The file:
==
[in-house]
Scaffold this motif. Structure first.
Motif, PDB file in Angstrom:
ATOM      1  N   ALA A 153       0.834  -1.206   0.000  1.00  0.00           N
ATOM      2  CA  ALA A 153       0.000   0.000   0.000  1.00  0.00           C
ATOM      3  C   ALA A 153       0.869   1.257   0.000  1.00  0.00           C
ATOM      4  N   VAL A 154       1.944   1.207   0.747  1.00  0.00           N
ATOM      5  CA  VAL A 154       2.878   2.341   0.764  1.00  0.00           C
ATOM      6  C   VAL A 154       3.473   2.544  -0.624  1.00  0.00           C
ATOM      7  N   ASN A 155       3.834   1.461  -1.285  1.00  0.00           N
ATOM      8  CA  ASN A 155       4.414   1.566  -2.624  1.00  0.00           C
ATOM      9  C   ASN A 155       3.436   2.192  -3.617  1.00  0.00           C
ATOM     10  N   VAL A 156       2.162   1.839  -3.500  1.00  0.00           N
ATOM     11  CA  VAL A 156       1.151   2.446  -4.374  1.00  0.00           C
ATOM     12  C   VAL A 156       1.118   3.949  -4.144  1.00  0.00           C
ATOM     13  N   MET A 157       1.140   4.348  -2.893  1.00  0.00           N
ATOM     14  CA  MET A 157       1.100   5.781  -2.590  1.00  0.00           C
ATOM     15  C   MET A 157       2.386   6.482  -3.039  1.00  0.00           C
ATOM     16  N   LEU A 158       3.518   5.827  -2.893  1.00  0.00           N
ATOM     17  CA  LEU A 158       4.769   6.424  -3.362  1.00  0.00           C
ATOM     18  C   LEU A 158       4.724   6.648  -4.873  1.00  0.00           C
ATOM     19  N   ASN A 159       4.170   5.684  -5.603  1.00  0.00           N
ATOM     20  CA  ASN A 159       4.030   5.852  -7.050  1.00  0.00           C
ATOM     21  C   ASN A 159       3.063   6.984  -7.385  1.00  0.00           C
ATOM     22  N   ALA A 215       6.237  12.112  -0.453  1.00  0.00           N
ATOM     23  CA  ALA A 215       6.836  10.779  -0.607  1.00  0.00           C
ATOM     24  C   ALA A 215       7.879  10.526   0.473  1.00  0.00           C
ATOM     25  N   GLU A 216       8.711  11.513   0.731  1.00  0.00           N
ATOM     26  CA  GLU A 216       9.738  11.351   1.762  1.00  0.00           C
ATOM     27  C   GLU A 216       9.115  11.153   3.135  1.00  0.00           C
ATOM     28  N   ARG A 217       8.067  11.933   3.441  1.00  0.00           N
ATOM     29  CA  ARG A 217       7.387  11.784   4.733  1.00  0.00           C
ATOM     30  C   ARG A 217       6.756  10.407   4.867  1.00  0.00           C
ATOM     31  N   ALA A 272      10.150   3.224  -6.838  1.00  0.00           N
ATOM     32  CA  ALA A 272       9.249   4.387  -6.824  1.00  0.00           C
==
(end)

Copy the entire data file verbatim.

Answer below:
[in-house]
Scaffold this motif. Structure first.
Motif, PDB file in Angstrom:
ATOM      1  N   ALA A 153       0.834  -1.206   0.000  1.00  0.00           N
ATOM      2  CA  ALA A 153       0.000   0.000   0.000  1.00  0.00           C
ATOM      3  C   ALA A 153       0.869   1.257   0.000  1.00  0.00           C
ATOM      4  N   VAL A 154       1.944   1.207   0.747  1.00  0.00           N
ATOM      5  CA  VAL A 154       2.878   2.341   0.764  1.00  0.00           C
ATOM      6  C   VAL A 154       3.473   2.544  -0.624  1.00  0.00           C
ATOM      7  N   ASN A 155       3.834   1.461  -1.285  1.00  0.00           N
ATOM      8  CA  ASN A 155       4.414   1.566  -2.624  1.00  0.00           C
ATOM      9  C   ASN A 155       3.436   2.192  -3.617  1.00  0.00           C
ATOM     10  N   VAL A 156       2.162   1.839  -3.500  1.00  0.00           N
ATOM     11  CA  VAL A 156       1.151   2.446  -4.374  1.00  0.00           C
ATOM     12  C   VAL A 156       1.118   3.949  -4.144  1.00  0.00           C
ATOM     13  N   MET A 157       1.140   4.348  -2.893  1.00  0.00           N
ATOM     14  CA  MET A 157       1.100   5.781  -2.590  1.00  0.00           C
ATOM     15  C   MET A 157       2.386   6.482  -3.039  1.00  0.00           C
ATOM     16  N   LEU A 158       3.518   5.827  -2.893  1.00  0.00           N
ATOM     17  CA  LEU A 158       4.769   6.424  -3.362  1.00  0.00           C
ATOM     18  C   LEU A 158       4.724   6.648  -4.873  1.00  0.00           C
ATOM     19  N   ASN A 159       4.170   5.684  -5.603  1.00  0.00           N
ATOM     20  CA  ASN A 159       4.030   5.852  -7.050  1.00  0.00           C
ATOM     21  C   ASN A 159       3.063   6.984  -7.385  1.00  0.00           C
ATOM     22  N   ALA A 215       6.237  12.112  -0.453  1.00  0.00           N
ATOM     23  CA  ALA A 215       6.836  10.779  -0.607  1.00  0.00           C
ATOM     24  C   ALA A 215       7.879  10.526   0.473  1.00  0.00           C
ATOM     25  N   GLU A 216       8.711  11.513   0.731  1.00  0.00           N
ATOM     26  CA  GLU A 216       9.738  11.351   1.762  1.00  0.00           C
ATOM     27  C   GLU A 216       9.115  11.153   3.135  1.00  0.00           C
ATOM     28  N   ARG A 217       8.067  11.933   3.441  1.00  0.00           N
ATOM     29  CA  ARG A 217       7.387  11.784   4.733  1.00  0.00           C
ATOM     30  C   ARG A 217       6.756  10.407   4.867  1.00  0.00           C
ATOM     31  N   ALA A 272      10.150   3.224  -6.838  1.00  0.00           N
ATOM     32  CA  ALA A 272       9.249   4.387  -6.824  1.00  0.00           C